DAVID B. SNOW, M.D.
The clinical and pathologic picture presented by acute hemorrhagic pancreatitis may be extremely variable. Frequently listed among the protean manifestations of the disease are paralytic ileus, shock, hypocalcemia (occasionally to the point of tetany), hemorrhagic ascites, and abdominal masses (pseudocysts or abscesses). Reported more rarely are severe diabetes mellitus early in an attack,1 hyperlipemia,2 pleural effusion,2 hemothorax,3 massive hemorrhage into peripancreatic tissue or in remote areas of the body with melena, hematemesis, hematuria, or even mediastinal or subcutaneous bleeding,2 retroperitoneal dissection into the pelvis,4 acute colonic obstruction,5 mechanical small-bowel obstruction due to fibrous bands,2 and perforation of the right colon.2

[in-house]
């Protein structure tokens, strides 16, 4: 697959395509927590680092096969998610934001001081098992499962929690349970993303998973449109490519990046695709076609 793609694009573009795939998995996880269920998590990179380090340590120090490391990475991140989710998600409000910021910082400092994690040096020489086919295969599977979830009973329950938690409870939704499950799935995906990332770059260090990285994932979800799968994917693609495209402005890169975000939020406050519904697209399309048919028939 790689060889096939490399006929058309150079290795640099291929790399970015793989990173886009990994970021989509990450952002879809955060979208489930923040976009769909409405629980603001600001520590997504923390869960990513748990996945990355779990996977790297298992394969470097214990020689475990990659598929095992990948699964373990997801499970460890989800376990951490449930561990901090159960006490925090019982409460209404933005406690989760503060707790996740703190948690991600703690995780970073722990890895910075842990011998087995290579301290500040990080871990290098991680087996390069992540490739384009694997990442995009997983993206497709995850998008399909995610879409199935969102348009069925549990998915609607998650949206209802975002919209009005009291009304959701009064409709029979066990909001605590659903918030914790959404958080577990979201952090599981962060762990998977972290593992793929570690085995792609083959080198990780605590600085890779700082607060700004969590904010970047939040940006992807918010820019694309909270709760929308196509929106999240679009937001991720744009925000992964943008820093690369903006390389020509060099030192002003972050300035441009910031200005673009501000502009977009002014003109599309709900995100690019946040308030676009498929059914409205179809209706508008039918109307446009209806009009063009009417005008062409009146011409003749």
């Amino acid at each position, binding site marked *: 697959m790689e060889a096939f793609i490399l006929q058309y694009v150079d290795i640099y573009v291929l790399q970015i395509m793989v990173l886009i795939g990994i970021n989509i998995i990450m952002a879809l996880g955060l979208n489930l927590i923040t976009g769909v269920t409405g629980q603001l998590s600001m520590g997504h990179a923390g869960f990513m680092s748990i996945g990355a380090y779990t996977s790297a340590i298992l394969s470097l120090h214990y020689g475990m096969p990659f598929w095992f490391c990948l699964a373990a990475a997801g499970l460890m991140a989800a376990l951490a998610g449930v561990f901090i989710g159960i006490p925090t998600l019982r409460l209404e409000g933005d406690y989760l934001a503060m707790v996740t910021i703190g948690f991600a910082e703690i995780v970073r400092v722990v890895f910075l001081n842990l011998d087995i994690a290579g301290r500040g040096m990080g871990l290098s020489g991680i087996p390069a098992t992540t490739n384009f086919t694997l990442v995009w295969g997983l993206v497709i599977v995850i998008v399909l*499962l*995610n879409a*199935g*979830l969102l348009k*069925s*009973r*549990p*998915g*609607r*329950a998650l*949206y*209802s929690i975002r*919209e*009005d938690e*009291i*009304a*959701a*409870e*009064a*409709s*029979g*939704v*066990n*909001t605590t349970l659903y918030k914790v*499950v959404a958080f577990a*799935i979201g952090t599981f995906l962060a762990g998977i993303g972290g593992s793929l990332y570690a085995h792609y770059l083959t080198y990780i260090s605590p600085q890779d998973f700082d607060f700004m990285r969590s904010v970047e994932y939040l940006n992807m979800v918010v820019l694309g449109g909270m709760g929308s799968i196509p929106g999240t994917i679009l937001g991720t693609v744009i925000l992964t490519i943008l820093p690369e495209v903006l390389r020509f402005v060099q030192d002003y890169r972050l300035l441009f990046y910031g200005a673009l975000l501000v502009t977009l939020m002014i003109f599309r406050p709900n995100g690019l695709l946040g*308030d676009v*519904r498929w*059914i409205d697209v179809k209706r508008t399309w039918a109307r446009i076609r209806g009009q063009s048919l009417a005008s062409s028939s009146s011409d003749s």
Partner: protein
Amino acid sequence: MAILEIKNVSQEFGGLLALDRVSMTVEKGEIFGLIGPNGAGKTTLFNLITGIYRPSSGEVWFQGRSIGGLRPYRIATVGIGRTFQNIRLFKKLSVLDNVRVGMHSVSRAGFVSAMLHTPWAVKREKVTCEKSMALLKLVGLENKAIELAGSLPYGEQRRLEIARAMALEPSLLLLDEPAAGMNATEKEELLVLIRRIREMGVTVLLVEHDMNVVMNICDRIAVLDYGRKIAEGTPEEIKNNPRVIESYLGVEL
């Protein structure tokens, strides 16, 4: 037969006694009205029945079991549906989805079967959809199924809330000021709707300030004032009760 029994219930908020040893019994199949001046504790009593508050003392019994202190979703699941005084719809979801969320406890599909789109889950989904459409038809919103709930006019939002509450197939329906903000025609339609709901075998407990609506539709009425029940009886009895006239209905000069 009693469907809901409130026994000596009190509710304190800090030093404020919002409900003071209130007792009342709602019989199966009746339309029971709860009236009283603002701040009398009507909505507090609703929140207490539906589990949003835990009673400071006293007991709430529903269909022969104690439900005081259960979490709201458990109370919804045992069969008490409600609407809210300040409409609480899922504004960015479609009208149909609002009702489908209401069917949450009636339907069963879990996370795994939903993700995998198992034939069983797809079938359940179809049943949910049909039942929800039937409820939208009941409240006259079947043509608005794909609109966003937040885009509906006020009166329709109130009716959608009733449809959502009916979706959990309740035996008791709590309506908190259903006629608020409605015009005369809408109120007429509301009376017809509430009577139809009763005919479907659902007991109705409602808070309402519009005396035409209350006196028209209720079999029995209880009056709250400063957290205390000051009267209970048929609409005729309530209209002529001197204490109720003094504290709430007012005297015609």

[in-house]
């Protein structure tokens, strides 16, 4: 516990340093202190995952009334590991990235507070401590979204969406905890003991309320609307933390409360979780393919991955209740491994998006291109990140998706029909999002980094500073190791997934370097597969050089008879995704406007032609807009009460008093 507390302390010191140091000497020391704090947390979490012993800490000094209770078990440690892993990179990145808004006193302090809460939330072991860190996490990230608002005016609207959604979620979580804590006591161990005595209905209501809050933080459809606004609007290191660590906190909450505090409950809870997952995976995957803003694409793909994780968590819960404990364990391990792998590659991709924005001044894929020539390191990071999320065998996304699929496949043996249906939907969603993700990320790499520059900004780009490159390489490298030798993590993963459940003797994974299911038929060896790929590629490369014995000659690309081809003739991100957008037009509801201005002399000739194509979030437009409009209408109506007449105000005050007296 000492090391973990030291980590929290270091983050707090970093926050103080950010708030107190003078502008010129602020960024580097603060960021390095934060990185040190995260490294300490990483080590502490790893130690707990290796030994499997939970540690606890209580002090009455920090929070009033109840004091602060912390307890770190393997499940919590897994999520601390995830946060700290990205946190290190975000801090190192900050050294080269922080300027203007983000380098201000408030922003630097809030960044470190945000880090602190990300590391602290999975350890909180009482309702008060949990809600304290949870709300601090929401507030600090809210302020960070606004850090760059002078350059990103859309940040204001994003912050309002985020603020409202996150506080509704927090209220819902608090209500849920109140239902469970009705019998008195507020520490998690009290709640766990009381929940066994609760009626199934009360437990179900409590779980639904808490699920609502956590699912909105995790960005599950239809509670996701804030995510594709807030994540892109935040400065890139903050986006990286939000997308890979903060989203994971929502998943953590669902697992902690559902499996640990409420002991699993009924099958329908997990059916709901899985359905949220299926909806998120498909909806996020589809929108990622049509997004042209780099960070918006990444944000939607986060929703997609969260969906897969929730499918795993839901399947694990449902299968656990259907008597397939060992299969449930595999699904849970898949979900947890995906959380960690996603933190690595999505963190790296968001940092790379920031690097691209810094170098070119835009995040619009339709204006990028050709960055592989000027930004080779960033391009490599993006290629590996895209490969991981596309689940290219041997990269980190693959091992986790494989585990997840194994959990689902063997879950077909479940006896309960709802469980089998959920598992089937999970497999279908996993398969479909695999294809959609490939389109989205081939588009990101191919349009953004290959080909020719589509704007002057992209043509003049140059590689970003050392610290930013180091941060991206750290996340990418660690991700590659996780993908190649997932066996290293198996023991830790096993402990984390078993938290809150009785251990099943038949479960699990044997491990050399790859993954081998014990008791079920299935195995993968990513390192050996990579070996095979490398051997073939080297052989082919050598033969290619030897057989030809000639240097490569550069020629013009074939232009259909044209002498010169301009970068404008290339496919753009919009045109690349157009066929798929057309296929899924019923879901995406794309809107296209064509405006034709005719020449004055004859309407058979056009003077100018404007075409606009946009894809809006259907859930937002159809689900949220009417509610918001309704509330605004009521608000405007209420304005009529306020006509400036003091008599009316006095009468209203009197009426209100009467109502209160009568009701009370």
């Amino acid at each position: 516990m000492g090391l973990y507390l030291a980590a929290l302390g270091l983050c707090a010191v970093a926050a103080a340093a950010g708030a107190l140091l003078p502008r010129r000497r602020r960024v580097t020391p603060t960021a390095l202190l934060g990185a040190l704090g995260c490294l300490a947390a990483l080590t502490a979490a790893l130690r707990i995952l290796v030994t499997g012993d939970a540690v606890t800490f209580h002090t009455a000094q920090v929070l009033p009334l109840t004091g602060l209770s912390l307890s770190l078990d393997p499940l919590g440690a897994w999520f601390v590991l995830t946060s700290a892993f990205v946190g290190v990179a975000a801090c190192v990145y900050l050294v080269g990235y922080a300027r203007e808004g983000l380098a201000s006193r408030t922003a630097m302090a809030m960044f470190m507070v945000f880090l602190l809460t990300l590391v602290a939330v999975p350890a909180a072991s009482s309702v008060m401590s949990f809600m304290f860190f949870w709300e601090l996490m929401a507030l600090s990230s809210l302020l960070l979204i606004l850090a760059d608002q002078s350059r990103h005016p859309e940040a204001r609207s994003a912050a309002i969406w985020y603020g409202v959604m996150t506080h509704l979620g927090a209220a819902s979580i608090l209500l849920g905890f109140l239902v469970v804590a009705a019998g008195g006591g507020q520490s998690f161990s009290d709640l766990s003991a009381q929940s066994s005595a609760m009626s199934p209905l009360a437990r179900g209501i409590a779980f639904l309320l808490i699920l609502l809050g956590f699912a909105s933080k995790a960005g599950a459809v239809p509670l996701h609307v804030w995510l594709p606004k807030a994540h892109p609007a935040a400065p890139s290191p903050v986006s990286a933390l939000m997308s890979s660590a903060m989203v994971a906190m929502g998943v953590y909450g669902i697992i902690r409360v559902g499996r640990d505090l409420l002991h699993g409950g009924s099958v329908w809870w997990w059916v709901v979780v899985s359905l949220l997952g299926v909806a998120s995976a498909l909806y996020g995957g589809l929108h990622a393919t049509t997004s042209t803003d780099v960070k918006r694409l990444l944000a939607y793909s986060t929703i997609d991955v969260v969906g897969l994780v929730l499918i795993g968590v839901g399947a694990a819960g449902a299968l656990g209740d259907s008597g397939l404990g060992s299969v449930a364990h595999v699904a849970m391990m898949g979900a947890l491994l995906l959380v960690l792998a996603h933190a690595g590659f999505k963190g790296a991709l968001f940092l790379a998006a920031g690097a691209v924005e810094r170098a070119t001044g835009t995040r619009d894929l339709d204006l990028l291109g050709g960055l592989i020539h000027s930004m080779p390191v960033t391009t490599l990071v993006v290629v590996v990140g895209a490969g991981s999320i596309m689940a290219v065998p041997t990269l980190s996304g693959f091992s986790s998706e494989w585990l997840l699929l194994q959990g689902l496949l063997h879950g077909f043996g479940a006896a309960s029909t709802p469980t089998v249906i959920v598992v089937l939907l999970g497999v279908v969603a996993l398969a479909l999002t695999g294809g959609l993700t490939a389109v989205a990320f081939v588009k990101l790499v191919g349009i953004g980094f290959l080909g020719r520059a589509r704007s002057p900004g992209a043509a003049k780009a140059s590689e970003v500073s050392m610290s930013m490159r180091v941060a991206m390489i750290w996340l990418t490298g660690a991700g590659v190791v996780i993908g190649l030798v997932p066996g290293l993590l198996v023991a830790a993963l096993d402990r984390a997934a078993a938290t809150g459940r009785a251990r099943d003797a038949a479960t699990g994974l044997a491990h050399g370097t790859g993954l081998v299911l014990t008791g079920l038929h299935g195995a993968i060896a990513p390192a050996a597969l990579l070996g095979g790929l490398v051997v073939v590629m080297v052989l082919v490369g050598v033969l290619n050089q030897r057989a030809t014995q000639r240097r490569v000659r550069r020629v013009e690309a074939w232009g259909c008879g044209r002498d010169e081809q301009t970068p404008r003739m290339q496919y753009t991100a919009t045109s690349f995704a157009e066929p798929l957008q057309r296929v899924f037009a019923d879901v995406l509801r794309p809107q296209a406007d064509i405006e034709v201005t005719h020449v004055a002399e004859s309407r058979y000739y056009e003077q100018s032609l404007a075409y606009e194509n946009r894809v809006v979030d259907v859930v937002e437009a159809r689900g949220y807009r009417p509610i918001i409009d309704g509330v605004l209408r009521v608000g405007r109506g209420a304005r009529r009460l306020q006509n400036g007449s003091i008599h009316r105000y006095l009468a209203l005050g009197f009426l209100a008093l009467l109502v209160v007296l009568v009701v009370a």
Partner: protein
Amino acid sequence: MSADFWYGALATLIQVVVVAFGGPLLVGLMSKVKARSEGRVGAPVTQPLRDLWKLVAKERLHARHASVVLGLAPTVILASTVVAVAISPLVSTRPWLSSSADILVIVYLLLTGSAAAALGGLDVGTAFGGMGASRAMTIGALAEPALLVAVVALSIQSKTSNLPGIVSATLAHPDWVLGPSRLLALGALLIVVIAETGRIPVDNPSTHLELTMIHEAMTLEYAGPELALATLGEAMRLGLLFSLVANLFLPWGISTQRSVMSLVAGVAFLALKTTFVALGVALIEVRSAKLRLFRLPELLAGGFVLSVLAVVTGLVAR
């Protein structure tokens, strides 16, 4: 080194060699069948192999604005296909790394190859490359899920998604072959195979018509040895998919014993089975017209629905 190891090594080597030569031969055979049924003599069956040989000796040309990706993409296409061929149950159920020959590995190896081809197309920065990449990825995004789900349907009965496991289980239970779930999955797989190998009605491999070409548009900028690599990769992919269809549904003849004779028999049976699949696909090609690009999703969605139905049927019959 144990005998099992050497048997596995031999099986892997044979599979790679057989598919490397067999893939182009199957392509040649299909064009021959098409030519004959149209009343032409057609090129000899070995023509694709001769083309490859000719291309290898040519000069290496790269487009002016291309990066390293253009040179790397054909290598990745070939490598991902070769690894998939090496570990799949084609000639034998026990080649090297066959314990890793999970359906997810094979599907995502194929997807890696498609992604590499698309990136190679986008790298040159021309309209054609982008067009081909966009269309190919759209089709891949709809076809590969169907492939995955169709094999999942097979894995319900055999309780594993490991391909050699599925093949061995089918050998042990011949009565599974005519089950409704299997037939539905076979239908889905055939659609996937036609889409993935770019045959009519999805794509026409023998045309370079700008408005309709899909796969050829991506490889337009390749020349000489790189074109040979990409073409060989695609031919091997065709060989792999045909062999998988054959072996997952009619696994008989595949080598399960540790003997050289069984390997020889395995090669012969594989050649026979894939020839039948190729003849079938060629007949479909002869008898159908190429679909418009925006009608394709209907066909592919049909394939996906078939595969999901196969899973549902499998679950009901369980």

SNOW DB. EXTENSIVE FIBROPLASTIC PERITONITIS SECONDARY TO PROTRACTED ACUTE PANCREATITIS1. Ann Intern Med. 1954;41:1236–1245. doi: 10.7326/0003-4819-41-6-1236
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Published: Ann Intern Med. 1954;41(6):1236-1245.
Gastroenterology/Hepatology, Pancreatic Disease.
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